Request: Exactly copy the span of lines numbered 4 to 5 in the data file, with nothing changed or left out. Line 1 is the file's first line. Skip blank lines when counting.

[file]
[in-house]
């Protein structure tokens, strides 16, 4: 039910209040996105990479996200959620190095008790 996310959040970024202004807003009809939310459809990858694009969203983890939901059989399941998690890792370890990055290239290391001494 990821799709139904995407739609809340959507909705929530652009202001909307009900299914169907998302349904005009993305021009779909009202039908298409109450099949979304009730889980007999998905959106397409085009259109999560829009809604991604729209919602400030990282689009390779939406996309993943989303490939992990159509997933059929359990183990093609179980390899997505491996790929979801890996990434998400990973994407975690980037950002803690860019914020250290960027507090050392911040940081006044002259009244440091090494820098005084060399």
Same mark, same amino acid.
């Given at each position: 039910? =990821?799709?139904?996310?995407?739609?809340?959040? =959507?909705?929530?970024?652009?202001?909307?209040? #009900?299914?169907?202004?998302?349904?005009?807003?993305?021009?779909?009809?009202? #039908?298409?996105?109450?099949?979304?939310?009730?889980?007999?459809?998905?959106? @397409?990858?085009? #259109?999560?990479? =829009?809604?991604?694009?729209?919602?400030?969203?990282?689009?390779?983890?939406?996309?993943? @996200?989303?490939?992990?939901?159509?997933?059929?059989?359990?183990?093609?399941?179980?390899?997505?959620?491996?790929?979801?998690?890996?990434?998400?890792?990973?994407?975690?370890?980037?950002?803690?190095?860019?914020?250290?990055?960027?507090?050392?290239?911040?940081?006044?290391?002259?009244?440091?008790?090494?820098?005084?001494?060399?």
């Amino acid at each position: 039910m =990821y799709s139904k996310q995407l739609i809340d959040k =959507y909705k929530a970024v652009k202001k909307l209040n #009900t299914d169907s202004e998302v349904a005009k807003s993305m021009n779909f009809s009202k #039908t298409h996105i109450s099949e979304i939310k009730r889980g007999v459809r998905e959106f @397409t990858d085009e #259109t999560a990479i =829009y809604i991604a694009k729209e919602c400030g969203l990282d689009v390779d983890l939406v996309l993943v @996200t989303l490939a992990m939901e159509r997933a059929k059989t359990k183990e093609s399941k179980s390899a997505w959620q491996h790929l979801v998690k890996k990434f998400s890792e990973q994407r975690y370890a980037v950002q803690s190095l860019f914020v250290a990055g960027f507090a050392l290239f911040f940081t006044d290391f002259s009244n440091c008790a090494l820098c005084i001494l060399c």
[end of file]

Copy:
């Given at each position: 039910? =990821?799709?139904?996310?995407?739609?809340?959040? =959507?909705?929530?970024?652009?202001?909307?209040? #009900?299914?169907?202004?998302?349904?005009?807003?993305?021009?779909?009809?009202? #039908?298409?996105?109450?099949?979304?939310?009730?889980?007999?459809?998905?959106? @397409?990858?085009? #259109?999560?990479? =829009?809604?991604?694009?729209?919602?400030?969203?990282?689009?390779?983890?939406?996309?993943? @996200?989303?490939?992990?939901?159509?997933?059929?059989?359990?183990?093609?399941?179980?390899?997505?959620?491996?790929?979801?998690?890996?990434?998400?890792?990973?994407?975690?370890?980037?950002?803690?190095?860019?914020?250290?990055?960027?507090?050392?290239?911040?940081?006044?290391?002259?009244?440091?008790?090494?820098?005084?001494?060399?």
């Amino acid at each position: 039910m =990821y799709s139904k996310q995407l739609i809340d959040k =959507y909705k929530a970024v652009k202001k909307l209040n #009900t299914d169907s202004e998302v349904a005009k807003s993305m021009n779909f009809s009202k #039908t298409h996105i109450s099949e979304i939310k009730r889980g007999v459809r998905e959106f @397409t990858d085009e #259109t999560a990479i =829009y809604i991604a694009k729209e919602c400030g969203l990282d689009v390779d983890l939406v996309l993943v @996200t989303l490939a992990m939901e159509r997933a059929k059989t359990k183990e093609s399941k179980s390899a997505w959620q491996h790929l979801v998690k890996k990434f998400s890792e990973q994407r975690y370890a980037v950002q803690s190095l860019f914020v250290a990055g960027f507090a050392l290239f911040f940081t006044d290391f002259s009244n440091c008790a090494l820098c005084i001494l060399c």